By Mzalendo Contributor – Moreen Majiwa
If anyone thought there was going to be a change in the way the country’s intelligence service is run in the new dispensation they should think again. Yes, there are new and progressive provisions in the National Intelligence Service Bill 2011 e.g. the requirement that the director general meet the leadership and integrity standards set out in Chapter 6 of the constitution, and that the appointment of the director general be subject to parliamentary approval.
However, despite these provisions there are several ways in which the bill is retrogressive. First in its development, unlike other bills the National Intelligence Service Bill 2011 did not go through a process of Cabinet approval. The bill originated from the National Security Intelligence Service (NSIS) and went straight to the Constitution Implementation Commission (CIC), by-passing the Cabinet and scrutiny by that body. In fact, the Assistant Internal Security Minister Orwa Ojode recently stated that his Ministry, the Ministry of Internal Security, had not even received the bill. He stated however that the Cabinet could not interfere with matters of defence and security. It seems like a bit of a paradox that the Ministry of Internal Security “cannot interfere with matters of defence and security.” And while NSIS is probably best placed to draft a bill on intelligence and security services what happened to consultative processes required under the new constitution?
The second major issue with the bill is oversight of the NSIS, who will provide it and how. The Bill proposes that a “Parliamentary Intelligence Oversight Committee consisting of Members of the National Assembly” provide oversight. The committee is intended to exercise oversight over the administration, expenditure and policy of the intelligence services. So far so good, except for the fact that the members of the committee will be vetted chosen by the very service for which they are supposed to provide oversight. The Bill also explicitly provides that “the Committee shall conduct its functions within a ring of secrecy” and that “no member of the Committee may disclose any information or document gained by him in the performance of his functions.” There’s no denying there is need for secrecy in the intelligence services, but in administrative and policy issues? Furthermore, what is the point of an oversight body if its “functions are conducted in a ring of secrecy” how will one tell whether they are indeed performing their oversight role or not?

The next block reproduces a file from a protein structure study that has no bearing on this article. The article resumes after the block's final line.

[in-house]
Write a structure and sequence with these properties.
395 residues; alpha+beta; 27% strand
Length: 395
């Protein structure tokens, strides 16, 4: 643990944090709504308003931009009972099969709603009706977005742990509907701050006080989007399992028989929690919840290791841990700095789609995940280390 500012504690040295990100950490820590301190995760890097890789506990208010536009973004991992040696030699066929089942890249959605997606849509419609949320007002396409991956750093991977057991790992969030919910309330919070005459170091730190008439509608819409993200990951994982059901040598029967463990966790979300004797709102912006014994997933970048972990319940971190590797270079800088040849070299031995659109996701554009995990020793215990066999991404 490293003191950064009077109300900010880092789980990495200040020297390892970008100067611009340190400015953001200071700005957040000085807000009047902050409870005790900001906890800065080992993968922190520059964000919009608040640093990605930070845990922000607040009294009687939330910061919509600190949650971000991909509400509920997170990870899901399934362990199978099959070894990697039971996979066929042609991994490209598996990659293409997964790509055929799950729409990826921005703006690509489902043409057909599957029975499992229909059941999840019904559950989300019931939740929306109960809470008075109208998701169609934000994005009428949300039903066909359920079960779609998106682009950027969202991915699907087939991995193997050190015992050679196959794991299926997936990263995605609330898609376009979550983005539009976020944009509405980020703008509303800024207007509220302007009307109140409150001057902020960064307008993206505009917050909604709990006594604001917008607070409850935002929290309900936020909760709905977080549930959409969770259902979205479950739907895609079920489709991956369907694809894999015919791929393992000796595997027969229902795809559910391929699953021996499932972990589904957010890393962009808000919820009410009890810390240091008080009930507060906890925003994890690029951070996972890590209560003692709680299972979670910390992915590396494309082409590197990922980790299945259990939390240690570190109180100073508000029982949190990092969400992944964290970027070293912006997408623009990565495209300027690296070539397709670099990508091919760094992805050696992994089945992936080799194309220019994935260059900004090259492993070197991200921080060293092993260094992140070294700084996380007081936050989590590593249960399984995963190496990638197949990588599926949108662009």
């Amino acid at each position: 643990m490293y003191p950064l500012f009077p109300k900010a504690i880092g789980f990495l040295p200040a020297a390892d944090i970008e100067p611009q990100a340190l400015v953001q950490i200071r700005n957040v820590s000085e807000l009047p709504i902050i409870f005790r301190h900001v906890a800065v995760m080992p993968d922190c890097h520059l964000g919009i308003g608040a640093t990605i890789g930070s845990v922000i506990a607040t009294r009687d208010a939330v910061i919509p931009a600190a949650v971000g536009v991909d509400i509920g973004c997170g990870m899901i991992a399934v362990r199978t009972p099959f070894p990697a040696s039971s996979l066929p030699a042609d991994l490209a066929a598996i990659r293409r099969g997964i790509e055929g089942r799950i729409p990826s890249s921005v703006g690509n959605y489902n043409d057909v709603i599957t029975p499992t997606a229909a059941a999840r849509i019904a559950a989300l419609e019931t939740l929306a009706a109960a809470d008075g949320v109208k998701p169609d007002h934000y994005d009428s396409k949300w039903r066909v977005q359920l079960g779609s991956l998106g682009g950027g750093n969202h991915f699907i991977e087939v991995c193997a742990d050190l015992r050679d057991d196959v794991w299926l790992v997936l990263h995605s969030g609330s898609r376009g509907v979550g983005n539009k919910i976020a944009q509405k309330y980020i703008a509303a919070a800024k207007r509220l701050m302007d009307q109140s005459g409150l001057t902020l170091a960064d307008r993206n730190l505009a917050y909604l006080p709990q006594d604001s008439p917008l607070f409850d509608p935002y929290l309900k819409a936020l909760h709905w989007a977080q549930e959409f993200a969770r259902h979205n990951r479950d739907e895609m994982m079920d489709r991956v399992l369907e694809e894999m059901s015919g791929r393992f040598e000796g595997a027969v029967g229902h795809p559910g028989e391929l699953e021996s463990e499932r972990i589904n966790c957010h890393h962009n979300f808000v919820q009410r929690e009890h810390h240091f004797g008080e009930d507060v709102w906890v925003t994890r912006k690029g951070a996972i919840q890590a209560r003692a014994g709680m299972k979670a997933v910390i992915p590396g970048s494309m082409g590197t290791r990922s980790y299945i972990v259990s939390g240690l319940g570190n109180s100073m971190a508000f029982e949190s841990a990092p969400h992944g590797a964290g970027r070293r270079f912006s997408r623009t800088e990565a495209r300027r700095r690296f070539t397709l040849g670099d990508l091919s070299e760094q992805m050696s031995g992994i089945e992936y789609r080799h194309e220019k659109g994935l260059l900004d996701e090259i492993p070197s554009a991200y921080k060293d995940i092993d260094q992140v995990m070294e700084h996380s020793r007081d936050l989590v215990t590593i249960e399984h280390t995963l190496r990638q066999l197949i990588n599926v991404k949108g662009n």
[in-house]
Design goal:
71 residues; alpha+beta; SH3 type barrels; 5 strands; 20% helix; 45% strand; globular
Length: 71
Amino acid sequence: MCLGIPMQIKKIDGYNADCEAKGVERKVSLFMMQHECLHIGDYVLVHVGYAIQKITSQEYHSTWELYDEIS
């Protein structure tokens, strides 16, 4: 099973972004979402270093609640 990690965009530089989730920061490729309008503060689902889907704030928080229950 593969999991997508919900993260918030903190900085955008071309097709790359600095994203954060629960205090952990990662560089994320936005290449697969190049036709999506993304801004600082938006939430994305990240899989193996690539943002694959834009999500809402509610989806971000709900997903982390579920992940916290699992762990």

Then there is the issue of the civil liberties, particularly freedom of speech, access to information, freedom of association, and the right to privacy and the bill has provisions lead to infringement on these rights. For instance, the Bill allows the NSIS to obtain “any information, material, record, document or thing and for that purpose enter any place, or obtain access to anything, search for or remove or return, examine, take extracts from, make copies of or record in any other manner the information, material, record, document or thing” the bill also allows the service to “monitor electromagnetic, acoustic and other emissions and any equipment producing such emissions and to obtain any information derived from or related to such emissions, equipment or encrypted material’ i.e. mobile phones and Internet.” It can do so without warrant in “extreme emergency or existence of exceptional circumstances” and for reasons of national security. Of course the definitions for extreme emergency, exceptional circumstance and national are adequately vague that they may cover any series of circumstances. I’m not saying that the NSIS will misuse the powers and privileges accorded to it in the NSIS Bill. However given the history of the country’s intelligence services it is a bit of a leap of faith to think that such powers will never be abused.